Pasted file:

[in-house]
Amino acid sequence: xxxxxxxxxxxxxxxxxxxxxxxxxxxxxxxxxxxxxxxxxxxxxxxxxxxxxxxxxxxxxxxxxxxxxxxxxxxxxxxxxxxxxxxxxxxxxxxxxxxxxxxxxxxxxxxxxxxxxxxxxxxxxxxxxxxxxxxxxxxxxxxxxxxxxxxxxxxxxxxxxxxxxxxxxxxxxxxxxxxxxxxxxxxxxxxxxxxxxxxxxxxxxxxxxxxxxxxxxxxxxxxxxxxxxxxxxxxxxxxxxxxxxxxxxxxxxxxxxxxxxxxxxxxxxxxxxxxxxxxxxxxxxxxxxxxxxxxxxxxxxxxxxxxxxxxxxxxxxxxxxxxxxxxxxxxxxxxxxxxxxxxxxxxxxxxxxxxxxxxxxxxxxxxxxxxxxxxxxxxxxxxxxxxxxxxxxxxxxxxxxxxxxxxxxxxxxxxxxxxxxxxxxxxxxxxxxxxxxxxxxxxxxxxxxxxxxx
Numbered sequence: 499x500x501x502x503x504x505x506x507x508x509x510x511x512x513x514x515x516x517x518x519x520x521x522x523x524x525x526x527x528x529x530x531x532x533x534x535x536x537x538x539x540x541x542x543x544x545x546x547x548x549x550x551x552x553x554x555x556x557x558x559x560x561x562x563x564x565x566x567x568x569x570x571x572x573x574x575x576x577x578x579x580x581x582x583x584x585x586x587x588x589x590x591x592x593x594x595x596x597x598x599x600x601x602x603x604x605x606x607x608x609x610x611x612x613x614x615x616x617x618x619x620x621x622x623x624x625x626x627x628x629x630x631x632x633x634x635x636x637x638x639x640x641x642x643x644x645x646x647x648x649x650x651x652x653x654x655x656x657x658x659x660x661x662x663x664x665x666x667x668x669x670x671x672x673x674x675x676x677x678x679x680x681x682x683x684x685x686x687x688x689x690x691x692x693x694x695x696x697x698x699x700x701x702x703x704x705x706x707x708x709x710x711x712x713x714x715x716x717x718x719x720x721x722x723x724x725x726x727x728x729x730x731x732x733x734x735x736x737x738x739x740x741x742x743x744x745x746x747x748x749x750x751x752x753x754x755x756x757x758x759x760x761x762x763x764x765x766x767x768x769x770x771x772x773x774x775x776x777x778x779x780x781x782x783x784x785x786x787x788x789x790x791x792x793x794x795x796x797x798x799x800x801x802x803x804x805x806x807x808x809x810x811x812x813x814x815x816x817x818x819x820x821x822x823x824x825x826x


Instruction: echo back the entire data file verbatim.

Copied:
[in-house]
Amino acid sequence: xxxxxxxxxxxxxxxxxxxxxxxxxxxxxxxxxxxxxxxxxxxxxxxxxxxxxxxxxxxxxxxxxxxxxxxxxxxxxxxxxxxxxxxxxxxxxxxxxxxxxxxxxxxxxxxxxxxxxxxxxxxxxxxxxxxxxxxxxxxxxxxxxxxxxxxxxxxxxxxxxxxxxxxxxxxxxxxxxxxxxxxxxxxxxxxxxxxxxxxxxxxxxxxxxxxxxxxxxxxxxxxxxxxxxxxxxxxxxxxxxxxxxxxxxxxxxxxxxxxxxxxxxxxxxxxxxxxxxxxxxxxxxxxxxxxxxxxxxxxxxxxxxxxxxxxxxxxxxxxxxxxxxxxxxxxxxxxxxxxxxxxxxxxxxxxxxxxxxxxxxxxxxxxxxxxxxxxxxxxxxxxxxxxxxxxxxxxxxxxxxxxxxxxxxxxxxxxxxxxxxxxxxxxxxxxxxxxxxxxxxxxxxxxxxxxxxx
Numbered sequence: 499x500x501x502x503x504x505x506x507x508x509x510x511x512x513x514x515x516x517x518x519x520x521x522x523x524x525x526x527x528x529x530x531x532x533x534x535x536x537x538x539x540x541x542x543x544x545x546x547x548x549x550x551x552x553x554x555x556x557x558x559x560x561x562x563x564x565x566x567x568x569x570x571x572x573x574x575x576x577x578x579x580x581x582x583x584x585x586x587x588x589x590x591x592x593x594x595x596x597x598x599x600x601x602x603x604x605x606x607x608x609x610x611x612x613x614x615x616x617x618x619x620x621x622x623x624x625x626x627x628x629x630x631x632x633x634x635x636x637x638x639x640x641x642x643x644x645x646x647x648x649x650x651x652x653x654x655x656x657x658x659x660x661x662x663x664x665x666x667x668x669x670x671x672x673x674x675x676x677x678x679x680x681x682x683x684x685x686x687x688x689x690x691x692x693x694x695x696x697x698x699x700x701x702x703x704x705x706x707x708x709x710x711x712x713x714x715x716x717x718x719x720x721x722x723x724x725x726x727x728x729x730x731x732x733x734x735x736x737x738x739x740x741x742x743x744x745x746x747x748x749x750x751x752x753x754x755x756x757x758x759x760x761x762x763x764x765x766x767x768x769x770x771x772x773x774x775x776x777x778x779x780x781x782x783x784x785x786x787x788x789x790x791x792x793x794x795x796x797x798x799x800x801x802x803x804x805x806x807x808x809x810x811x812x813x814x815x816x817x818x819x820x821x822x823x824x825x826x